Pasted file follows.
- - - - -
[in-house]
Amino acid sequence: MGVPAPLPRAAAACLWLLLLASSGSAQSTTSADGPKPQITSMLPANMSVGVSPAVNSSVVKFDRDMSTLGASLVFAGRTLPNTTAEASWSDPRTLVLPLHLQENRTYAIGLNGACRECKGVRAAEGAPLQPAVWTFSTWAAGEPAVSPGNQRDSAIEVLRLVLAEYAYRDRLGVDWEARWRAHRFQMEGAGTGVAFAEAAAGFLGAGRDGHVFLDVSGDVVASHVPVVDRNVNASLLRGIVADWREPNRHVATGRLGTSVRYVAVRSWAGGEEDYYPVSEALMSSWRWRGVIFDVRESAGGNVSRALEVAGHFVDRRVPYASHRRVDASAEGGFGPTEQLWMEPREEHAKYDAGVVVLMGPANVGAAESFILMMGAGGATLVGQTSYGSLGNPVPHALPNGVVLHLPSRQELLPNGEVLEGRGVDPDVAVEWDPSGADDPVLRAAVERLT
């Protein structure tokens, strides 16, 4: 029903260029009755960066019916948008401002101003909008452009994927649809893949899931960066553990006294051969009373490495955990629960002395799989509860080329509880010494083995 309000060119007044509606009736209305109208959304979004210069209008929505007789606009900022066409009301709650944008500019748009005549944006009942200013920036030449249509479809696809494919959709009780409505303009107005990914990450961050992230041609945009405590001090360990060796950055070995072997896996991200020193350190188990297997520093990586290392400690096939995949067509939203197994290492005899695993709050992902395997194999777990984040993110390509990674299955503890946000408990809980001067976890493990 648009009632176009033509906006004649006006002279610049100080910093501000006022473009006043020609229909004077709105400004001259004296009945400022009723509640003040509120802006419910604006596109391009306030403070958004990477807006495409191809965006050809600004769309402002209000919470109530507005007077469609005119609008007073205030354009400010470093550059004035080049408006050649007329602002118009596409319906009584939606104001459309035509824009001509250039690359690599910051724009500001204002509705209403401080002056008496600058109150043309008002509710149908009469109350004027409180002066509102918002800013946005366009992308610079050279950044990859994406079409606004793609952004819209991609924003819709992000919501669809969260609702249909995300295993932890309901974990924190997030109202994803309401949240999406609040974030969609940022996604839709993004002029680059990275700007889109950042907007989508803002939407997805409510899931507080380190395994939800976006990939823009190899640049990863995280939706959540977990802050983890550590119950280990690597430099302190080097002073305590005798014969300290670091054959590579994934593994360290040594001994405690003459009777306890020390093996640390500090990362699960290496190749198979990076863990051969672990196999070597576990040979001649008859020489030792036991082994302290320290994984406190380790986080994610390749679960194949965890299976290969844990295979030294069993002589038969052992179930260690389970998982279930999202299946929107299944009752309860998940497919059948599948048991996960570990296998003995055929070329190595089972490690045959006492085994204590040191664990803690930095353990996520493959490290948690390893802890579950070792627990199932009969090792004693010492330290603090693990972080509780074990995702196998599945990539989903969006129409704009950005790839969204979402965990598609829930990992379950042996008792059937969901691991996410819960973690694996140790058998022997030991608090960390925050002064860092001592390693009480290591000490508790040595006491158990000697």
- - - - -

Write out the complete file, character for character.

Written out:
[in-house]
Amino acid sequence: MGVPAPLPRAAAACLWLLLLASSGSAQSTTSADGPKPQITSMLPANMSVGVSPAVNSSVVKFDRDMSTLGASLVFAGRTLPNTTAEASWSDPRTLVLPLHLQENRTYAIGLNGACRECKGVRAAEGAPLQPAVWTFSTWAAGEPAVSPGNQRDSAIEVLRLVLAEYAYRDRLGVDWEARWRAHRFQMEGAGTGVAFAEAAAGFLGAGRDGHVFLDVSGDVVASHVPVVDRNVNASLLRGIVADWREPNRHVATGRLGTSVRYVAVRSWAGGEEDYYPVSEALMSSWRWRGVIFDVRESAGGNVSRALEVAGHFVDRRVPYASHRRVDASAEGGFGPTEQLWMEPREEHAKYDAGVVVLMGPANVGAAESFILMMGAGGATLVGQTSYGSLGNPVPHALPNGVVLHLPSRQELLPNGEVLEGRGVDPDVAVEWDPSGADDPVLRAAVERLT
């Protein structure tokens, strides 16, 4: 029903260029009755960066019916948008401002101003909008452009994927649809893949899931960066553990006294051969009373490495955990629960002395799989509860080329509880010494083995 309000060119007044509606009736209305109208959304979004210069209008929505007789606009900022066409009301709650944008500019748009005549944006009942200013920036030449249509479809696809494919959709009780409505303009107005990914990450961050992230041609945009405590001090360990060796950055070995072997896996991200020193350190188990297997520093990586290392400690096939995949067509939203197994290492005899695993709050992902395997194999777990984040993110390509990674299955503890946000408990809980001067976890493990 648009009632176009033509906006004649006006002279610049100080910093501000006022473009006043020609229909004077709105400004001259004296009945400022009723509640003040509120802006419910604006596109391009306030403070958004990477807006495409191809965006050809600004769309402002209000919470109530507005007077469609005119609008007073205030354009400010470093550059004035080049408006050649007329602002118009596409319906009584939606104001459309035509824009001509250039690359690599910051724009500001204002509705209403401080002056008496600058109150043309008002509710149908009469109350004027409180002066509102918002800013946005366009992308610079050279950044990859994406079409606004793609952004819209991609924003819709992000919501669809969260609702249909995300295993932890309901974990924190997030109202994803309401949240999406609040974030969609940022996604839709993004002029680059990275700007889109950042907007989508803002939407997805409510899931507080380190395994939800976006990939823009190899640049990863995280939706959540977990802050983890550590119950280990690597430099302190080097002073305590005798014969300290670091054959590579994934593994360290040594001994405690003459009777306890020390093996640390500090990362699960290496190749198979990076863990051969672990196999070597576990040979001649008859020489030792036991082994302290320290994984406190380790986080994610390749679960194949965890299976290969844990295979030294069993002589038969052992179930260690389970998982279930999202299946929107299944009752309860998940497919059948599948048991996960570990296998003995055929070329190595089972490690045959006492085994204590040191664990803690930095353990996520493959490290948690390893802890579950070792627990199932009969090792004693010492330290603090693990972080509780074990995702196998599945990539989903969006129409704009950005790839969204979402965990598609829930990992379950042996008792059937969901691991996410819960973690694996140790058998022997030991608090960390925050002064860092001592390693009480290591000490508790040595006491158990000697």